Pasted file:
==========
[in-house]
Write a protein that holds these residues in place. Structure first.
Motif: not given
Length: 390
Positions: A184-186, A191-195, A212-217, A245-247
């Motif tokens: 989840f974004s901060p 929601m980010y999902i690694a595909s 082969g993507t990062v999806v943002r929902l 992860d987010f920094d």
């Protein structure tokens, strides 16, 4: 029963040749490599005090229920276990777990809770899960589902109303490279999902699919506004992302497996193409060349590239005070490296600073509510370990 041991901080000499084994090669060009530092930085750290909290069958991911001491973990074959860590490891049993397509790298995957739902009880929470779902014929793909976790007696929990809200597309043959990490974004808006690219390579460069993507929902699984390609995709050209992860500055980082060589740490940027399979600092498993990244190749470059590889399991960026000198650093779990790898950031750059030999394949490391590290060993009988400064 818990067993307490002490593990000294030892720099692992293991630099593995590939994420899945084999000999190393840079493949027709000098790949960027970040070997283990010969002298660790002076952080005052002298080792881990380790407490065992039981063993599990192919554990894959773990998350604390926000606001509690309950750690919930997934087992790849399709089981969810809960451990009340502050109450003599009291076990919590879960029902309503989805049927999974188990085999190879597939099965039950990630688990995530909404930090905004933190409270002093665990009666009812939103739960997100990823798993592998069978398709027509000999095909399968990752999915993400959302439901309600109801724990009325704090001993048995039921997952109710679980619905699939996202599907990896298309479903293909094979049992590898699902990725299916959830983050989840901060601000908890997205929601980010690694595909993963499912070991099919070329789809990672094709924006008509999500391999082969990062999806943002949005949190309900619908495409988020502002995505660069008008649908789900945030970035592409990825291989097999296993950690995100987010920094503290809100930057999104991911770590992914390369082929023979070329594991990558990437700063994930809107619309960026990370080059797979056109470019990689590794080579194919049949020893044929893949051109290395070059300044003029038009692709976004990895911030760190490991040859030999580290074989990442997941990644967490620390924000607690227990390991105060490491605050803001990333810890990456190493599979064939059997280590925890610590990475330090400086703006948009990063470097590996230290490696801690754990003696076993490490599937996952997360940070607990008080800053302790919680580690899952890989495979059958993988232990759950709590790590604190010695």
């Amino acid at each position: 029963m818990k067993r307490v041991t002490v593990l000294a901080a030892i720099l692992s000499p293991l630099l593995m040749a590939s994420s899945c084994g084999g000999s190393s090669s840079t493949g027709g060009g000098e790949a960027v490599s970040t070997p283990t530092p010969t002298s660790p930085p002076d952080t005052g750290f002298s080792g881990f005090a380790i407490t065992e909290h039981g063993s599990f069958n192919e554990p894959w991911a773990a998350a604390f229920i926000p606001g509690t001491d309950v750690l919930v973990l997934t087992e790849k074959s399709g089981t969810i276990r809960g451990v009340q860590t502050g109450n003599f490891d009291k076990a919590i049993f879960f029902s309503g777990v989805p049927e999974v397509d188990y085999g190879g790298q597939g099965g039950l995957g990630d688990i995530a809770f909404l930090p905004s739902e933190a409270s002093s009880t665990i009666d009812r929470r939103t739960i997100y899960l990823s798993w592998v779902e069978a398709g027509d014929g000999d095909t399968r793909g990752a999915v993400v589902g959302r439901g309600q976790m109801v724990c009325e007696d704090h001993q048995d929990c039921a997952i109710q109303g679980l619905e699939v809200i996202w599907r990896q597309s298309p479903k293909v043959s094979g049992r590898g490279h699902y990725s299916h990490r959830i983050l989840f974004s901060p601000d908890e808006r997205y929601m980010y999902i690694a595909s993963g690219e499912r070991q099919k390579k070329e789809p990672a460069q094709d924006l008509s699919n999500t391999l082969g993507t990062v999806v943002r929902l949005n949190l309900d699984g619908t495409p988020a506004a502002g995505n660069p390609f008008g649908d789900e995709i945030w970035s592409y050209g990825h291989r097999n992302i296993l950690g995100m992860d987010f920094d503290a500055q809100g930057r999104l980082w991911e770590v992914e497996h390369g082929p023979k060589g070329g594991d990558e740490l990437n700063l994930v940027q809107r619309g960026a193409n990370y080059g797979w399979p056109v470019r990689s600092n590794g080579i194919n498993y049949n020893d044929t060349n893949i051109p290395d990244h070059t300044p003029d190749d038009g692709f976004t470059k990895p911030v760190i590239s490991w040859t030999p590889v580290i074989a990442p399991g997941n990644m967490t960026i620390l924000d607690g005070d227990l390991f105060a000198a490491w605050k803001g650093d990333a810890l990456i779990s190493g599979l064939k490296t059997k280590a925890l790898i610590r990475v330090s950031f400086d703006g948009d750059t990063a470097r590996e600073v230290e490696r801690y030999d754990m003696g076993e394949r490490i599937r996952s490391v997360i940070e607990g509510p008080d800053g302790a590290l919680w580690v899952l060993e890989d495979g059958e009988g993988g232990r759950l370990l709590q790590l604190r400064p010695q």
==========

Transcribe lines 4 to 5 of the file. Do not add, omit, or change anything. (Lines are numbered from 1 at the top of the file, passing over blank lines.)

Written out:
Length: 390
Positions: A184-186, A191-195, A212-217, A245-247